Serving Up a Scoop of History

Q&A with Hannah Spiegelman

Creator of A Sweet History, currently in Baltimore, Maryland, but moving soon to Boston

cherry-bombe-hannah-spiegelman-a-sweet-history
Have a reason for making ice cream, make it as often as you can, and share it with as many people as you can.

What is A Sweet History all about?

A Sweet History is a historically-inspired ice cream concept that creates custom flavors based on historic figures, events, art, etc. I want to share history with people in an accessible and delicious way.

 

Tell us an ice cream memory.

My strongest early ice cream memory was a very fresh strawberry sorbet I had on a school trip to Northern France when I was in eighth grade.

 

What are your most popular flavors?

17th Century Vanilla (orange blossom custard), La Poire (pickled pear sorbet), and Tea Heist (tropical green tea and matcha ice cream) have been some of the most popular flavors.

 

What is your favorite flavor?

Either Women's March on Versailles (smoked salt ice cream with blood orange swirl and chocolate sourdough breadcrumbs) or Valentine's Day (red raspberry leaf and rose ice cream with bee pollen).

 

What is the most unique flavor your brand ever offered?

Eclipse (Szechuan peppercorn chocolate sorbet with glazed golden beets) or Pisces (sea salt spirulina ice cream with Earl Grey-infused fig honey).

 

Is there a flavor you love(d) but that didn’t find an audience?

Since I make flavors with the inspiration or commissioner in mind, I find that the opposite can happen—sometimes I end up making flavors with ingredients that I'm not too fond of.

 The Industrial Revolution flavor (Earl Grey ice cream flavored with vanilla and gin and topped with Earl Grey-infused cotton candy)

The Industrial Revolution flavor (Earl Grey ice cream flavored with vanilla and gin and topped with Earl Grey-infused cotton candy)

What inspires you and why?

First and foremost, history! And then art, mythology, and astrology.

 

How did you get into the ice cream business?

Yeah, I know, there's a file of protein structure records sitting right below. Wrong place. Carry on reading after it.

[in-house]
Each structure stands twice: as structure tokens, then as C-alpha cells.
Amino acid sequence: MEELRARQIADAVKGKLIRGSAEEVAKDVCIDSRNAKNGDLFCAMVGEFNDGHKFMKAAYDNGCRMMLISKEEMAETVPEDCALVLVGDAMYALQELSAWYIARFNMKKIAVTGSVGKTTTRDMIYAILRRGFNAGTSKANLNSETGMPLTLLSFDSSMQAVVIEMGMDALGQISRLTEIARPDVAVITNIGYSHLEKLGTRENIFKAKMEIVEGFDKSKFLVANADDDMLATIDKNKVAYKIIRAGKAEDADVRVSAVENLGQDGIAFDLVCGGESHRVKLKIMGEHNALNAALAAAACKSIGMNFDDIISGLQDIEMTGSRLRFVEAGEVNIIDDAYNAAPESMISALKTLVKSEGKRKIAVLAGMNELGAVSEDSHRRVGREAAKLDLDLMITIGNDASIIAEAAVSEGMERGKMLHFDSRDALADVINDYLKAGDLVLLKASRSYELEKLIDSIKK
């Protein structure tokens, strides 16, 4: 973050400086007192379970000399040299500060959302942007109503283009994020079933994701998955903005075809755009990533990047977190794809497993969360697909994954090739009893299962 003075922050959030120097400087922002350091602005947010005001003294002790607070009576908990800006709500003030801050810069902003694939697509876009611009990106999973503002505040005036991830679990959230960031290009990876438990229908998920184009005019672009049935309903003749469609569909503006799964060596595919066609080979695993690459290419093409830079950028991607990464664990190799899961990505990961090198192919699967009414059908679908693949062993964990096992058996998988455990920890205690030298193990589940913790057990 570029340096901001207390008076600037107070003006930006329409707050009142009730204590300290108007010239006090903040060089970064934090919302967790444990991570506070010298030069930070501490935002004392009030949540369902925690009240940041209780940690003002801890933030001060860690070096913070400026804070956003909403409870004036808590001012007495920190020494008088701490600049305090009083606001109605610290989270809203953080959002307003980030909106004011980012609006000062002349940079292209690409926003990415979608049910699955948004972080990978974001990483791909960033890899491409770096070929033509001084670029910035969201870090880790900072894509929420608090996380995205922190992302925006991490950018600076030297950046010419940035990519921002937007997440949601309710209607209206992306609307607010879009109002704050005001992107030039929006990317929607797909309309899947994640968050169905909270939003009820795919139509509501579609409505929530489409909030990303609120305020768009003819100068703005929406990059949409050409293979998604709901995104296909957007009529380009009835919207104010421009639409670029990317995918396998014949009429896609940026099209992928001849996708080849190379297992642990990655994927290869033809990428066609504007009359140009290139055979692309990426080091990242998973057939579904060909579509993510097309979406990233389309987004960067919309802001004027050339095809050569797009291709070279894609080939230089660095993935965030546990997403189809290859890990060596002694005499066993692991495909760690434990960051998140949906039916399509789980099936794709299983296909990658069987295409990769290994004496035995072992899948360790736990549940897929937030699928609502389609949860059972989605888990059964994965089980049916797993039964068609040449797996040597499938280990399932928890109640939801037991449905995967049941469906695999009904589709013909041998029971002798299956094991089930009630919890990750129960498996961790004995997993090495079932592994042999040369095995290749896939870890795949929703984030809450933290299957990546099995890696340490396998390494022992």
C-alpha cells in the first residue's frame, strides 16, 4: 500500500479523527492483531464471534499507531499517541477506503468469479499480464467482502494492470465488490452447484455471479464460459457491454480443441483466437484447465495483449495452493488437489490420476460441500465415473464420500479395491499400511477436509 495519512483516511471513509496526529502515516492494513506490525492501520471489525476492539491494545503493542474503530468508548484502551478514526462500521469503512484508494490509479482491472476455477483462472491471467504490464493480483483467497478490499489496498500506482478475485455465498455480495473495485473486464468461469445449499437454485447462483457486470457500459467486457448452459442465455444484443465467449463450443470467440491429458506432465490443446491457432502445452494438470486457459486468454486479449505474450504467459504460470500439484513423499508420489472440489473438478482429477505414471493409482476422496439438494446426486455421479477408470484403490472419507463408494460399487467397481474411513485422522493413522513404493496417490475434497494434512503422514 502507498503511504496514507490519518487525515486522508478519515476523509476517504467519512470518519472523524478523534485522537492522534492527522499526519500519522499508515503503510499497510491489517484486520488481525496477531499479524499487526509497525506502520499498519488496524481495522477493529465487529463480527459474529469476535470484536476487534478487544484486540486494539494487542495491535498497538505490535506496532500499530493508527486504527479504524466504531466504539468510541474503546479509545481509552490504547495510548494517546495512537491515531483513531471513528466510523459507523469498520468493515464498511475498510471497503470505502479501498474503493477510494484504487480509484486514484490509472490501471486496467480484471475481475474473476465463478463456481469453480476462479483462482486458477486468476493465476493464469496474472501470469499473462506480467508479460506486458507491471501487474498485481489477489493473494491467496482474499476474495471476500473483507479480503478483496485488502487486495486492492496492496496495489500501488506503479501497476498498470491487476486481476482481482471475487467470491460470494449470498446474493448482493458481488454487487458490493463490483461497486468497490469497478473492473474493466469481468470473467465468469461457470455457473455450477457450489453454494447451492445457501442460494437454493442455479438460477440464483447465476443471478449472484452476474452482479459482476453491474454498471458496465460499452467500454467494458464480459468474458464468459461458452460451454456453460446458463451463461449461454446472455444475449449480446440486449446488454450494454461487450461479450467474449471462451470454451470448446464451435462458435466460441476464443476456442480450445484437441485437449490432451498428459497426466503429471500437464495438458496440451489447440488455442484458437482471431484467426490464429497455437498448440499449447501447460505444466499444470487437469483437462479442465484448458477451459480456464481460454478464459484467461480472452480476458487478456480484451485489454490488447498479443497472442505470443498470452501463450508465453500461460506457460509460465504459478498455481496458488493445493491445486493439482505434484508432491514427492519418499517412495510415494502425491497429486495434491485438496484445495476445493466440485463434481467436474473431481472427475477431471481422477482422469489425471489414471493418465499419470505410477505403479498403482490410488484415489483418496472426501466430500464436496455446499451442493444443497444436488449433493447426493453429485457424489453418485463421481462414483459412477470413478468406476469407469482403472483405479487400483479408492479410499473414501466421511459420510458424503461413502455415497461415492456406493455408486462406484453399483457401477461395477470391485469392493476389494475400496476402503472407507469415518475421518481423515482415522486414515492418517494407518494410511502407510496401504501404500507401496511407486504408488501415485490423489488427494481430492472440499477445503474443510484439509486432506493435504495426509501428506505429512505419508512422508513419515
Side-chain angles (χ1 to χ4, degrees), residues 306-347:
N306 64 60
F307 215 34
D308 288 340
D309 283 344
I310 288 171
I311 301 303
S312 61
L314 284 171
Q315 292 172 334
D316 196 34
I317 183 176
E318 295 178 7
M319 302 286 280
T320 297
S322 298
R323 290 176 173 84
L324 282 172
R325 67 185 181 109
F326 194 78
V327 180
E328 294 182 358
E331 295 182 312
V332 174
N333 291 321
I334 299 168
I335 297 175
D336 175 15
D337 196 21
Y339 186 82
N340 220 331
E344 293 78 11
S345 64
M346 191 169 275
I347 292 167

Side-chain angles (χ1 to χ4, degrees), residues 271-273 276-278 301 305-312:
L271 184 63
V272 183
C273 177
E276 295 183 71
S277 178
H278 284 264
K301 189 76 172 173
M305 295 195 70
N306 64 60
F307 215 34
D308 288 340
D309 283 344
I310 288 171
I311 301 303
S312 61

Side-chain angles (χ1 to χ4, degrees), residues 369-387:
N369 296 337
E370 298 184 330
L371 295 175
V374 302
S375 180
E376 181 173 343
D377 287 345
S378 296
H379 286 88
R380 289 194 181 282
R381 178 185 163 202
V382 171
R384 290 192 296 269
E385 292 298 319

I was really into baking and being in the kitchen since I was in high school. After realizing I would never master frosting, I turned to ice cream as my medium for creative expression. In college, I started working at ice cream shops, bakeries, and cafes—I was lucky to have a supportive boss at the last place I worked who pushed me to start my own business.

 

How did you learn to make ice cream?

I'm self-taught with the help of cookbooks. The first ice cream cookbook that I used was by David Leibovitz, and discovering Jeni's cookbook made me even more obsessed. Working from [Dana Cree’s] Hello, My Name Is Ice Cream got me really into the science behind the dessert.

 

Cup or cone?

Sugar cone. They taste great and aren’t too big.

 

What is your topping of choice?

If I ever get a topping, I stick with creative house-made toppings, like the lemon gummy bears at Honeycomb Creamery [in Cambridge, Massachusetts].

 

Best advice you can share for those who want to get into the ice cream biz?

Have a reason for making ice cream, make it as often as you can, and share it with as many people as you can.

 A scoop of Wars of the Roses (beetroot-colored rose ice cream with white chocolate stracciatella) and a scoop of Persephone (charcoal ice cream with pomegranate swirl and chocolate sourdough breadcrumbs) 

A scoop of Wars of the Roses (beetroot-colored rose ice cream with white chocolate stracciatella) and a scoop of Persephone (charcoal ice cream with pomegranate swirl and chocolate sourdough breadcrumbs) 

 

Do you have an industry mentor or person who inspires you?

Krystal Mack was my biggest inspiration when starting A Sweet History—I am so grateful for her support. My ice cream idol, though, is Jeni Britton Bauer. I went from having a strong general interest in ice cream to believing ice cream could be a career after reading Jeni's first book.  

 

What's your advice for making ice cream at home?

I would suggest starting with the basic Cusinart classic ice cream maker and getting ice cream cookbooks rather than just looking at recipes online. Also, have fun with flavors—you can put so many different things in ice cream, which is why it’s so great.

 

Catch Hannah's mentor Krystal Mack on Radio Cherry Bombe


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Lauren Goldstein